So retired households who one might think are dependent on savings income and deposit rates both of which have fallen have in fact done relatively well in the credit crunch era. We have considered this many times before but if we add in higher house prices and indeed rents it is not the best of times to be young is it? Or to be more specific for the first time for a while subsequent generations face the probability of being worse-off than their antecedents.

Whilst I expected the changes to the state pension to be an influence here I have to confess some surprise at the other impact below.

In 2013/14, retired households received an average of £9,500 from private pensions/annuities, a real terms increase of 9% from 2012/13 when the average was £8,800 and an increase of 26% since 2007/08 (£7,500).

Going forwards with the legal changes that is going to be difficult to measure to say the least.

What about booming consumption?

Also whilst the data only takes us up to April 2014 there is plenty of food for thought in the numbers below.

In 2013/14, median disposable income was £500 (or 2.0%) lower than in 2007/08, while GDP per person in 2013/14 was 3.1% below its 2007/08 level.

Indeed the OECD (Organisation for Economic Co-operation and Development) weighed in on this subject yesterday evening. It compared hourly wage growth pre credit crunch (2000-07) to after it (2007-14) and had the UK as 5th worst at just under -4%. Until their full report is published the methodology used is unclear but we are not that different to Greece on this measure.

Those numbers do not fit that well with booming consumption but of course we have just had a good year in economic growth terms to add into the pot.

Between Quarter 1 2014 and Quarter 1 2015, GDP in volume terms increased by 2.9%, revised up 0.5 percentage points from the previously published estimate.

GDP was estimated to have increased by 3.0% in 2014, compared with 2013, revised up 0.2 percentage points from the previously published estimate.

But even allowing for that we again find ourselves in the position of looking at things which do not seem to be consistent. Perhaps the unsecured lending boom squares much of this circle.

Consumer credit increased by £1.0 billion in May, in line with the average monthly increase over the previous six months. The three-month annualised and twelve-month growth rates were 8.5% and 7.2% respectively.

There was a time when this would be considered a risk of “over-heating” and interest-rates would rise in response as opposed to being unchanged for over 6 years at a 5000 year low.

Also we may be feeling better-off due to this.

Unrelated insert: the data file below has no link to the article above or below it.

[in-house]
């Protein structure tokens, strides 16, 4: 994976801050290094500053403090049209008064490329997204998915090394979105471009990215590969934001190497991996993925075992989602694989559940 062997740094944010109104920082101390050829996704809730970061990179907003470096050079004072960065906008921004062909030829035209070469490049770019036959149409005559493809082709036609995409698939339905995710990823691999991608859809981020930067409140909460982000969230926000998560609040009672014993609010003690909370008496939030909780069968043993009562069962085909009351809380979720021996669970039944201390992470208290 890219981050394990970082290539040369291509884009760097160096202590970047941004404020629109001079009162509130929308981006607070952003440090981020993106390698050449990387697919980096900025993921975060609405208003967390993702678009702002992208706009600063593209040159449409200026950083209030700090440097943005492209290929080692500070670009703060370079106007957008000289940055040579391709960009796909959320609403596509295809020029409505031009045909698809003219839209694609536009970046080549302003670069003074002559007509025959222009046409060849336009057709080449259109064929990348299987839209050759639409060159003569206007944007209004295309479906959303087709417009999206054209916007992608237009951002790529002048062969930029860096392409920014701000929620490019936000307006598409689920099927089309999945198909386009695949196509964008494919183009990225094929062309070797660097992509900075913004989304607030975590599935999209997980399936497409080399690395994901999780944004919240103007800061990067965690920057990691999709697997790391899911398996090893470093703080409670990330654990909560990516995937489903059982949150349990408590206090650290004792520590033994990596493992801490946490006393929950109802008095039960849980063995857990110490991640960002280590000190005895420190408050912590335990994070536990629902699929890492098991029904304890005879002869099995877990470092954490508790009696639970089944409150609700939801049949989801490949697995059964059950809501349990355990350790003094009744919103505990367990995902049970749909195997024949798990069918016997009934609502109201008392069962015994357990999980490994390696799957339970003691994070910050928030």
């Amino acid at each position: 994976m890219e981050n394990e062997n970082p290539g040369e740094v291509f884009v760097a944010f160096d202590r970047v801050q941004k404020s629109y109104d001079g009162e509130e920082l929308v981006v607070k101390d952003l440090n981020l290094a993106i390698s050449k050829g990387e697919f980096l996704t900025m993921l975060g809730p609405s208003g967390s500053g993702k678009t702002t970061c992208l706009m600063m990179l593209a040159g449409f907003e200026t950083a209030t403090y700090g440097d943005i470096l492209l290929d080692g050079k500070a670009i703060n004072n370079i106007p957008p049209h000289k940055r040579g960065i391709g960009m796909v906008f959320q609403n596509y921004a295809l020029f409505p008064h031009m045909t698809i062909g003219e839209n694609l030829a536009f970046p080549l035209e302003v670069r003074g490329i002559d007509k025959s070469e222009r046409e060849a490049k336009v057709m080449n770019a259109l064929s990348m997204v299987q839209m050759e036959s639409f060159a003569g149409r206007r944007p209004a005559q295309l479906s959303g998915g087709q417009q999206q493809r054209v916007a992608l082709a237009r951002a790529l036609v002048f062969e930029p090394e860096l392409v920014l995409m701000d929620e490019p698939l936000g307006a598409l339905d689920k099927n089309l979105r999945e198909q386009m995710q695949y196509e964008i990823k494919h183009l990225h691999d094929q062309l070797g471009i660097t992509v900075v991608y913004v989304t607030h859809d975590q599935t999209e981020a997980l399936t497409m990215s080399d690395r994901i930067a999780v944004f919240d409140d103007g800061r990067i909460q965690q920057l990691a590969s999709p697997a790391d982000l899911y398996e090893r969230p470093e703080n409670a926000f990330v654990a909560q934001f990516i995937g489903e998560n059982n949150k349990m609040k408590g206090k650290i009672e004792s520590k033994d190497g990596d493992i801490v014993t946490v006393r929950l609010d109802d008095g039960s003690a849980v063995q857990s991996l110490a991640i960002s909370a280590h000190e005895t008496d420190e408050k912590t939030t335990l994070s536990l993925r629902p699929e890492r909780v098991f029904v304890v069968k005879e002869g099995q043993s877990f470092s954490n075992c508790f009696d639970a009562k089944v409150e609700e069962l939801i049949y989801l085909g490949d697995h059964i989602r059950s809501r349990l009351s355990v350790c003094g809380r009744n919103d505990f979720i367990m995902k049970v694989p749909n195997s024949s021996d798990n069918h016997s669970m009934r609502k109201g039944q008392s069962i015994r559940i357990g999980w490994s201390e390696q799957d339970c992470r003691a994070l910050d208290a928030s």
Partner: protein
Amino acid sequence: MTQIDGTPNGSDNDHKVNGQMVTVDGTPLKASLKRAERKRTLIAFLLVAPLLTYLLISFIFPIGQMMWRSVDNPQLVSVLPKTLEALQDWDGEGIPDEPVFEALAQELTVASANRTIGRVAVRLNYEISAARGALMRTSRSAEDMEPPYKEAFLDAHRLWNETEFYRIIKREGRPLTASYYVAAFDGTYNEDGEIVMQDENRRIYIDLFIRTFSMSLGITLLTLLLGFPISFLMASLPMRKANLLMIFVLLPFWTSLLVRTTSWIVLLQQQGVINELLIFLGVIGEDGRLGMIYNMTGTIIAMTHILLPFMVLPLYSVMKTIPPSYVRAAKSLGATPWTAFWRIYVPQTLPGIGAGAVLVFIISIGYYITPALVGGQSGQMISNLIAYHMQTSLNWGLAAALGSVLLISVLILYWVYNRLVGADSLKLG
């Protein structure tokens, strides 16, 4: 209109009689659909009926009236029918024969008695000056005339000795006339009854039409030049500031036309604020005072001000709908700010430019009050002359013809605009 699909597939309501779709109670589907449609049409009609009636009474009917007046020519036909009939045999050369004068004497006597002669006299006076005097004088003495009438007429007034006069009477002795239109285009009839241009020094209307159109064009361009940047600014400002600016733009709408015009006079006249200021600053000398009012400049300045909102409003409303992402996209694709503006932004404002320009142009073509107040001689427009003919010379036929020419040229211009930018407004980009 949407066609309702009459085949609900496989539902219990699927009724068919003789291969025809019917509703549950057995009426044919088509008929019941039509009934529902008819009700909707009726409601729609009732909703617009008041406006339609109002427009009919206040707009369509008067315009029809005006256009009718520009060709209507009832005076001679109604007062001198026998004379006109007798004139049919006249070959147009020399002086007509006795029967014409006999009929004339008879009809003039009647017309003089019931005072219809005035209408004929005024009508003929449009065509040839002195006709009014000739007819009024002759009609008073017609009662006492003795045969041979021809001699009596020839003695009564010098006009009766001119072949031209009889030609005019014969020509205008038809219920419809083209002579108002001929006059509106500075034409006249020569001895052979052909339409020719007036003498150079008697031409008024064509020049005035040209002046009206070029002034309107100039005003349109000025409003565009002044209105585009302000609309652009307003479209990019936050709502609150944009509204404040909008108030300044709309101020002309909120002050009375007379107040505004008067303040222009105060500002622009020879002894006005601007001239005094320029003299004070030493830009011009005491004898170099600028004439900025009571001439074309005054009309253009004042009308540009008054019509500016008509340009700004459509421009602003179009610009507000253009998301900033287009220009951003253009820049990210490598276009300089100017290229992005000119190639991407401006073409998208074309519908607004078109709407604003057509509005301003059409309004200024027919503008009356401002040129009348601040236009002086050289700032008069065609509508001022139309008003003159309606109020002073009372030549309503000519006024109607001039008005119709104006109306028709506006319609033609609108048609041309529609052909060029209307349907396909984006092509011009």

Real household  disposable income per head increased 3.9% in Q1 2015 compared to the same quarter a year ago

Oh and on the subject of interest-rates Andy Haldane might like to review and perhaps redact this bit.

in my time at the Bank of England I can recall UK interest rates rising by 5 percentage points in a day.

Actually in 1992 the latter 2% never actually happened as it was announced for the next day and was cancelled.

The unreliability of GDP statistics

I often detail the problems of using Gross Domestic Product as a measuring-stick for an economy. Today’s data release highlights that in one simple section and it refers to the construction sector update that I discussed on the 12th of this month.

Construction output rose by 4.5% between Quarter 1 2014 and Quarter 1 2015, revised up 4.8 percentage points from the previously published estimate.

The construction series was a shambles and hopefully has now been improved. If we recall the shambles over recording rents and then the establishment effort to force us to use them as an (owner-occupied) inflation measure you can see that the housing sector is measured dreadfully. It is a good job it is not a significant part of the UK economy…..Oh hang on.

Comment

There is much to consider in the latest data. We should be grateful that the UK continues to grow and that the performance over the past year of circa 3% is good in historical terms. However even if we ignore the conceptual issues with GDP we have the problem that if we move from the aggregate to the individual level things are not as good. For example I have already highlighted the lagging of per capita GDP well even now it continues to lag the aggregate number.

GDP per head was estimated to have increased by 0.2% between Quarter 4 2014 and Quarter 1 2015, revised up 0.1 percentage points from the previously published estimate. Between 2013 and 2014, GDP per head increased by 2.3%.

As for generational issues they continue to build as the young face student debt,maybe mortgage debt on large scales whilst wages and incomes stagnate. Perhaps this is why Andy Haldane is so gloomy.